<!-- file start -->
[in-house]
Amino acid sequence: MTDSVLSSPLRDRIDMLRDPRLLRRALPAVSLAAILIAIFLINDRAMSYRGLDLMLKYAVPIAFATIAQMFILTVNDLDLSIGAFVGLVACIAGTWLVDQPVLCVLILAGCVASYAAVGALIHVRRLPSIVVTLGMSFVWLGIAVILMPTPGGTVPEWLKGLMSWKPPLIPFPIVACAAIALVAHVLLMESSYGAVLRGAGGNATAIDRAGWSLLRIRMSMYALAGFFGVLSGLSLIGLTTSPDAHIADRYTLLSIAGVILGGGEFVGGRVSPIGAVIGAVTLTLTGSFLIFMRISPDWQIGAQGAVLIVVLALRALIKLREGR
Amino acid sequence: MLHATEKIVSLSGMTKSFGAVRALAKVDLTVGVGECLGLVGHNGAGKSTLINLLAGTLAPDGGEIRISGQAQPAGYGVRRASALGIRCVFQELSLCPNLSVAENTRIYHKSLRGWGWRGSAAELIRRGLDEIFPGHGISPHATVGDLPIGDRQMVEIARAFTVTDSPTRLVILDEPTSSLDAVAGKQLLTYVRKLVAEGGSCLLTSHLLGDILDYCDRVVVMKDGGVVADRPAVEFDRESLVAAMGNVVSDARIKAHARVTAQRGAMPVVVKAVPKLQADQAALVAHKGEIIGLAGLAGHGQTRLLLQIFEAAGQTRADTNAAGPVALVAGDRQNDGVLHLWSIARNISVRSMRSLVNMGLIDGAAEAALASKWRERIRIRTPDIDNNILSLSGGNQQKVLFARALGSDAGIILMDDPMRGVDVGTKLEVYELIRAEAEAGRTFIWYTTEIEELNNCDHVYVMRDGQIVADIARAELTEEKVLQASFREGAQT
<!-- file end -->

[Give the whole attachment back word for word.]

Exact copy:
[in-house]
Amino acid sequence: MTDSVLSSPLRDRIDMLRDPRLLRRALPAVSLAAILIAIFLINDRAMSYRGLDLMLKYAVPIAFATIAQMFILTVNDLDLSIGAFVGLVACIAGTWLVDQPVLCVLILAGCVASYAAVGALIHVRRLPSIVVTLGMSFVWLGIAVILMPTPGGTVPEWLKGLMSWKPPLIPFPIVACAAIALVAHVLLMESSYGAVLRGAGGNATAIDRAGWSLLRIRMSMYALAGFFGVLSGLSLIGLTTSPDAHIADRYTLLSIAGVILGGGEFVGGRVSPIGAVIGAVTLTLTGSFLIFMRISPDWQIGAQGAVLIVVLALRALIKLREGR
Amino acid sequence: MLHATEKIVSLSGMTKSFGAVRALAKVDLTVGVGECLGLVGHNGAGKSTLINLLAGTLAPDGGEIRISGQAQPAGYGVRRASALGIRCVFQELSLCPNLSVAENTRIYHKSLRGWGWRGSAAELIRRGLDEIFPGHGISPHATVGDLPIGDRQMVEIARAFTVTDSPTRLVILDEPTSSLDAVAGKQLLTYVRKLVAEGGSCLLTSHLLGDILDYCDRVVVMKDGGVVADRPAVEFDRESLVAAMGNVVSDARIKAHARVTAQRGAMPVVVKAVPKLQADQAALVAHKGEIIGLAGLAGHGQTRLLLQIFEAAGQTRADTNAAGPVALVAGDRQNDGVLHLWSIARNISVRSMRSLVNMGLIDGAAEAALASKWRERIRIRTPDIDNNILSLSGGNQQKVLFARALGSDAGIILMDDPMRGVDVGTKLEVYELIRAEAEAGRTFIWYTTEIEELNNCDHVYVMRDGQIVADIARAELTEEKVLQASFREGAQT